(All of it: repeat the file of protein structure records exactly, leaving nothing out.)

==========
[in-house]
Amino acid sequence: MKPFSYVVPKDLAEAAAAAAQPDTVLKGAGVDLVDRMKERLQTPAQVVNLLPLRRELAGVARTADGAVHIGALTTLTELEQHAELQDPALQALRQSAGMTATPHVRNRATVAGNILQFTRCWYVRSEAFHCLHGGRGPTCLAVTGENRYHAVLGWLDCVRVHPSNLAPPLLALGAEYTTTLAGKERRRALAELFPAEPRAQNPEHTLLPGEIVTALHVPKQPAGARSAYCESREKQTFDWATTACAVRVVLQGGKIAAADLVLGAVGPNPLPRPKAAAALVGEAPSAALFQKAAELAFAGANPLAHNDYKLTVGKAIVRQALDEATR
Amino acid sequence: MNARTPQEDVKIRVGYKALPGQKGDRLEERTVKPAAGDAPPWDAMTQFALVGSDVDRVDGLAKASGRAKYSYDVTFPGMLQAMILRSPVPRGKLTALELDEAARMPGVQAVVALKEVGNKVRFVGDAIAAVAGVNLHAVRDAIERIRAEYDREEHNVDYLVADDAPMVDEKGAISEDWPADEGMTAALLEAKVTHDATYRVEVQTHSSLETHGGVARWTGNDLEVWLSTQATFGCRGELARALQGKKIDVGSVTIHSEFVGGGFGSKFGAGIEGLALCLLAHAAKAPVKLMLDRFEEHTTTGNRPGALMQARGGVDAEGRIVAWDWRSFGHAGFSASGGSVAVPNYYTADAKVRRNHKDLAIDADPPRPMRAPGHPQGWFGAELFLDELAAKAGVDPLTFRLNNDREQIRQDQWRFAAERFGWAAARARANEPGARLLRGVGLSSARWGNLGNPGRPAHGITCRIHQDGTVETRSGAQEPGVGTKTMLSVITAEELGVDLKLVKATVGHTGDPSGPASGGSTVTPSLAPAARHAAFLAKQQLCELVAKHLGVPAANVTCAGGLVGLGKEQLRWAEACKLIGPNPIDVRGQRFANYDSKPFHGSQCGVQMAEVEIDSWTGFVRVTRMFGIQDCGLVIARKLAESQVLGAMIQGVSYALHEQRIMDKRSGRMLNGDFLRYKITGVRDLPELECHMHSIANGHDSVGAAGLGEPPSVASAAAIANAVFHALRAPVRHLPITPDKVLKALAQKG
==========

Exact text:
[in-house]
Amino acid sequence: MKPFSYVVPKDLAEAAAAAAQPDTVLKGAGVDLVDRMKERLQTPAQVVNLLPLRRELAGVARTADGAVHIGALTTLTELEQHAELQDPALQALRQSAGMTATPHVRNRATVAGNILQFTRCWYVRSEAFHCLHGGRGPTCLAVTGENRYHAVLGWLDCVRVHPSNLAPPLLALGAEYTTTLAGKERRRALAELFPAEPRAQNPEHTLLPGEIVTALHVPKQPAGARSAYCESREKQTFDWATTACAVRVVLQGGKIAAADLVLGAVGPNPLPRPKAAAALVGEAPSAALFQKAAELAFAGANPLAHNDYKLTVGKAIVRQALDEATR
Amino acid sequence: MNARTPQEDVKIRVGYKALPGQKGDRLEERTVKPAAGDAPPWDAMTQFALVGSDVDRVDGLAKASGRAKYSYDVTFPGMLQAMILRSPVPRGKLTALELDEAARMPGVQAVVALKEVGNKVRFVGDAIAAVAGVNLHAVRDAIERIRAEYDREEHNVDYLVADDAPMVDEKGAISEDWPADEGMTAALLEAKVTHDATYRVEVQTHSSLETHGGVARWTGNDLEVWLSTQATFGCRGELARALQGKKIDVGSVTIHSEFVGGGFGSKFGAGIEGLALCLLAHAAKAPVKLMLDRFEEHTTTGNRPGALMQARGGVDAEGRIVAWDWRSFGHAGFSASGGSVAVPNYYTADAKVRRNHKDLAIDADPPRPMRAPGHPQGWFGAELFLDELAAKAGVDPLTFRLNNDREQIRQDQWRFAAERFGWAAARARANEPGARLLRGVGLSSARWGNLGNPGRPAHGITCRIHQDGTVETRSGAQEPGVGTKTMLSVITAEELGVDLKLVKATVGHTGDPSGPASGGSTVTPSLAPAARHAAFLAKQQLCELVAKHLGVPAANVTCAGGLVGLGKEQLRWAEACKLIGPNPIDVRGQRFANYDSKPFHGSQCGVQMAEVEIDSWTGFVRVTRMFGIQDCGLVIARKLAESQVLGAMIQGVSYALHEQRIMDKRSGRMLNGDFLRYKITGVRDLPELECHMHSIANGHDSVGAAGLGEPPSVASAAAIANAVFHALRAPVRHLPITPDKVLKALAQKG